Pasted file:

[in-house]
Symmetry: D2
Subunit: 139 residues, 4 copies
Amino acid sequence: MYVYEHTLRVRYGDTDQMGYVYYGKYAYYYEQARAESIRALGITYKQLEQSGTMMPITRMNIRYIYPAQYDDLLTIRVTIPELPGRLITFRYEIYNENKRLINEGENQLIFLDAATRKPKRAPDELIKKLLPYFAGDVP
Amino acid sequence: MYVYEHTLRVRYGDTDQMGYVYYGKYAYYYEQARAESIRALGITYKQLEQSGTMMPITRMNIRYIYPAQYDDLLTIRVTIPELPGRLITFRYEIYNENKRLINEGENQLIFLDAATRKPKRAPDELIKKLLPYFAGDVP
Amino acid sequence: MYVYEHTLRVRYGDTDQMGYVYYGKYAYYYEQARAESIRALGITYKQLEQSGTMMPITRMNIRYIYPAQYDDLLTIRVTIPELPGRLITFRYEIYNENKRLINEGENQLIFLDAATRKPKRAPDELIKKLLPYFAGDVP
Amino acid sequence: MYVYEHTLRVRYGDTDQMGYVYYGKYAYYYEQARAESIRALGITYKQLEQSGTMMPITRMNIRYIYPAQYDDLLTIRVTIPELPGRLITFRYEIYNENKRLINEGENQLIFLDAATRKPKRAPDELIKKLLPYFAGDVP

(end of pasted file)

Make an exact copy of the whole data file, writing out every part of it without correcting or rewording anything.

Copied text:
[in-house]
Symmetry: D2
Subunit: 139 residues, 4 copies
Amino acid sequence: MYVYEHTLRVRYGDTDQMGYVYYGKYAYYYEQARAESIRALGITYKQLEQSGTMMPITRMNIRYIYPAQYDDLLTIRVTIPELPGRLITFRYEIYNENKRLINEGENQLIFLDAATRKPKRAPDELIKKLLPYFAGDVP
Amino acid sequence: MYVYEHTLRVRYGDTDQMGYVYYGKYAYYYEQARAESIRALGITYKQLEQSGTMMPITRMNIRYIYPAQYDDLLTIRVTIPELPGRLITFRYEIYNENKRLINEGENQLIFLDAATRKPKRAPDELIKKLLPYFAGDVP
Amino acid sequence: MYVYEHTLRVRYGDTDQMGYVYYGKYAYYYEQARAESIRALGITYKQLEQSGTMMPITRMNIRYIYPAQYDDLLTIRVTIPELPGRLITFRYEIYNENKRLINEGENQLIFLDAATRKPKRAPDELIKKLLPYFAGDVP
Amino acid sequence: MYVYEHTLRVRYGDTDQMGYVYYGKYAYYYEQARAESIRALGITYKQLEQSGTMMPITRMNIRYIYPAQYDDLLTIRVTIPELPGRLITFRYEIYNENKRLINEGENQLIFLDAATRKPKRAPDELIKKLLPYFAGDVP